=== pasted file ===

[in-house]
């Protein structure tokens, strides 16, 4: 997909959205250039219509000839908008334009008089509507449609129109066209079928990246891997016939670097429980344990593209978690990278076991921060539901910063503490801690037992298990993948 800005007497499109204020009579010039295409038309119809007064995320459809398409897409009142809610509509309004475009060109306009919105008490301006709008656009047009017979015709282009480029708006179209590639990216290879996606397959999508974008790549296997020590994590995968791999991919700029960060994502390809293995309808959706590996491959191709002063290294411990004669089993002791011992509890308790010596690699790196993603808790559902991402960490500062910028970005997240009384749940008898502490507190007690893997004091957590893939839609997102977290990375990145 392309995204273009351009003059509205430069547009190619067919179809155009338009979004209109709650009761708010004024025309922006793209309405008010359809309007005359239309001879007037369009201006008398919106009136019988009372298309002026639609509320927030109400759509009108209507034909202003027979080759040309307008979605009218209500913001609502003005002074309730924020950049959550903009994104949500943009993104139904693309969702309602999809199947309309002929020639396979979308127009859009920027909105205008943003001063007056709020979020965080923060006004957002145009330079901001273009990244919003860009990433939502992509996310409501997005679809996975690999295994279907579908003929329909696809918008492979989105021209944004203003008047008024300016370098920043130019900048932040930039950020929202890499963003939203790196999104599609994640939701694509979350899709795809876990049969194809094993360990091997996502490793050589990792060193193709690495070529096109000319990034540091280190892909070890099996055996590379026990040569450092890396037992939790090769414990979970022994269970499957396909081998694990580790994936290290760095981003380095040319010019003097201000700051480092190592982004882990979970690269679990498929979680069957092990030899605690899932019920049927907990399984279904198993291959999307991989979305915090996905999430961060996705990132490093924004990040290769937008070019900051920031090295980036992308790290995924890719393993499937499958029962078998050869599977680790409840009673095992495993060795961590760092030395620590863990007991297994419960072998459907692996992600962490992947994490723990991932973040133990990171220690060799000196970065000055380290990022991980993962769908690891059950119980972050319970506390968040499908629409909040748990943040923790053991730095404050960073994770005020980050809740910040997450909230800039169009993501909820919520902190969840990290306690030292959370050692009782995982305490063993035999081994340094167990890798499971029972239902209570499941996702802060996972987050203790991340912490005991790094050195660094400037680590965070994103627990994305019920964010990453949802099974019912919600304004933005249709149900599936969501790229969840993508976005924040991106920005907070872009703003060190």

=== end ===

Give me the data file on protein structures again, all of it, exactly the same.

[in-house]
């Protein structure tokens, strides 16, 4: 997909959205250039219509000839908008334009008089509507449609129109066209079928990246891997016939670097429980344990593209978690990278076991921060539901910063503490801690037992298990993948 800005007497499109204020009579010039295409038309119809007064995320459809398409897409009142809610509509309004475009060109306009919105008490301006709008656009047009017979015709282009480029708006179209590639990216290879996606397959999508974008790549296997020590994590995968791999991919700029960060994502390809293995309808959706590996491959191709002063290294411990004669089993002791011992509890308790010596690699790196993603808790559902991402960490500062910028970005997240009384749940008898502490507190007690893997004091957590893939839609997102977290990375990145 392309995204273009351009003059509205430069547009190619067919179809155009338009979004209109709650009761708010004024025309922006793209309405008010359809309007005359239309001879007037369009201006008398919106009136019988009372298309002026639609509320927030109400759509009108209507034909202003027979080759040309307008979605009218209500913001609502003005002074309730924020950049959550903009994104949500943009993104139904693309969702309602999809199947309309002929020639396979979308127009859009920027909105205008943003001063007056709020979020965080923060006004957002145009330079901001273009990244919003860009990433939502992509996310409501997005679809996975690999295994279907579908003929329909696809918008492979989105021209944004203003008047008024300016370098920043130019900048932040930039950020929202890499963003939203790196999104599609994640939701694509979350899709795809876990049969194809094993360990091997996502490793050589990792060193193709690495070529096109000319990034540091280190892909070890099996055996590379026990040569450092890396037992939790090769414990979970022994269970499957396909081998694990580790994936290290760095981003380095040319010019003097201000700051480092190592982004882990979970690269679990498929979680069957092990030899605690899932019920049927907990399984279904198993291959999307991989979305915090996905999430961060996705990132490093924004990040290769937008070019900051920031090295980036992308790290995924890719393993499937499958029962078998050869599977680790409840009673095992495993060795961590760092030395620590863990007991297994419960072998459907692996992600962490992947994490723990991932973040133990990171220690060799000196970065000055380290990022991980993962769908690891059950119980972050319970506390968040499908629409909040748990943040923790053991730095404050960073994770005020980050809740910040997450909230800039169009993501909820919520902190969840990290306690030292959370050692009782995982305490063993035999081994340094167990890798499971029972239902209570499941996702802060996972987050203790991340912490005991790094050195660094400037680590965070994103627990994305019920964010990453949802099974019912919600304004933005249709149900599936969501790229969840993508976005924040991106920005907070872009703003060190």